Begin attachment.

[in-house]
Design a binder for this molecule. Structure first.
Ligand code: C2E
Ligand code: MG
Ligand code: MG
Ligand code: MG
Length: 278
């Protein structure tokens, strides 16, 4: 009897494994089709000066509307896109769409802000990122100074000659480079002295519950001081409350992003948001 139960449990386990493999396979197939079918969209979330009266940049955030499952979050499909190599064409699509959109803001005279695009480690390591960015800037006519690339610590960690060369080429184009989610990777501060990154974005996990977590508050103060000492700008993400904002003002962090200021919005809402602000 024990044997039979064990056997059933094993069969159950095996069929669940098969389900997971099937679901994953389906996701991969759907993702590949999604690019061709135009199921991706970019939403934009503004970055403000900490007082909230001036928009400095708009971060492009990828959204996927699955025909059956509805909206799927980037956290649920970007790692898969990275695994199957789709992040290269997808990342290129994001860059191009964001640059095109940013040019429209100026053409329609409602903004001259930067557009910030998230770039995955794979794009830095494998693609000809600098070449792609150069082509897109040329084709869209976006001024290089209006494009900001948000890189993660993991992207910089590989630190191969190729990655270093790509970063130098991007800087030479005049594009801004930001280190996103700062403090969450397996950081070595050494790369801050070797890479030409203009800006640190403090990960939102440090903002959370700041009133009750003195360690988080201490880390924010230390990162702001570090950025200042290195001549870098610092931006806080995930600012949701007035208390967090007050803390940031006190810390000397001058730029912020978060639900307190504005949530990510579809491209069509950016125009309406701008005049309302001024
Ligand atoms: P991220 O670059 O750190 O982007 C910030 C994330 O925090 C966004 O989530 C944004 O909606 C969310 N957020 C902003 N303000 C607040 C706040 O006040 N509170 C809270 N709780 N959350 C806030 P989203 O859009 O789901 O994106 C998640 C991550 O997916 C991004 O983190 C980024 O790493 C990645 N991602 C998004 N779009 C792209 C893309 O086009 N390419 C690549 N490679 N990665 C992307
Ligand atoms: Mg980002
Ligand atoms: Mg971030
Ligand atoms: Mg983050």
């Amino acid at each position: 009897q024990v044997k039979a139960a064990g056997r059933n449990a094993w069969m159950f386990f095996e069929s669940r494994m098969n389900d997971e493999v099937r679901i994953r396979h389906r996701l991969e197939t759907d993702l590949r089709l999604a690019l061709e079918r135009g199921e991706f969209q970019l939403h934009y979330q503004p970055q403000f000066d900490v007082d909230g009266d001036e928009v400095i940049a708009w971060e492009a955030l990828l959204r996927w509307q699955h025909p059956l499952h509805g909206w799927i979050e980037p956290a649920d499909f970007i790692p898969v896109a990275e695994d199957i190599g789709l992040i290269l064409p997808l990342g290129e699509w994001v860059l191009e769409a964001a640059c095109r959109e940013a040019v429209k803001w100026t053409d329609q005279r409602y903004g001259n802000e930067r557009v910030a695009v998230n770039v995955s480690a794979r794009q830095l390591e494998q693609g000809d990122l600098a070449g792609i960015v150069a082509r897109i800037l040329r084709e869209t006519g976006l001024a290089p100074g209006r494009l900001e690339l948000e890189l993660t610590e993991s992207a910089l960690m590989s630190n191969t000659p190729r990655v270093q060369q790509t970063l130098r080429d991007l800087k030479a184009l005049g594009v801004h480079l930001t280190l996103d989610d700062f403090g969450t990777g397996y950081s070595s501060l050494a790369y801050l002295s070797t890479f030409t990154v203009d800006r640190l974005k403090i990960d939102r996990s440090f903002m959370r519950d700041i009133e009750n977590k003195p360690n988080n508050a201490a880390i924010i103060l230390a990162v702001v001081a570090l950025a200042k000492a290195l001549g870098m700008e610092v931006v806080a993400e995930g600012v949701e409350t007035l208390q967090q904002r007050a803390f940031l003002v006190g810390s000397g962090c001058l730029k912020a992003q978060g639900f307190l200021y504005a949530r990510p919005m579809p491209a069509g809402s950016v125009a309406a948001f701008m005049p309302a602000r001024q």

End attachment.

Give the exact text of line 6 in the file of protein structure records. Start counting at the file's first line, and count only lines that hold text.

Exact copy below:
Ligand code: MG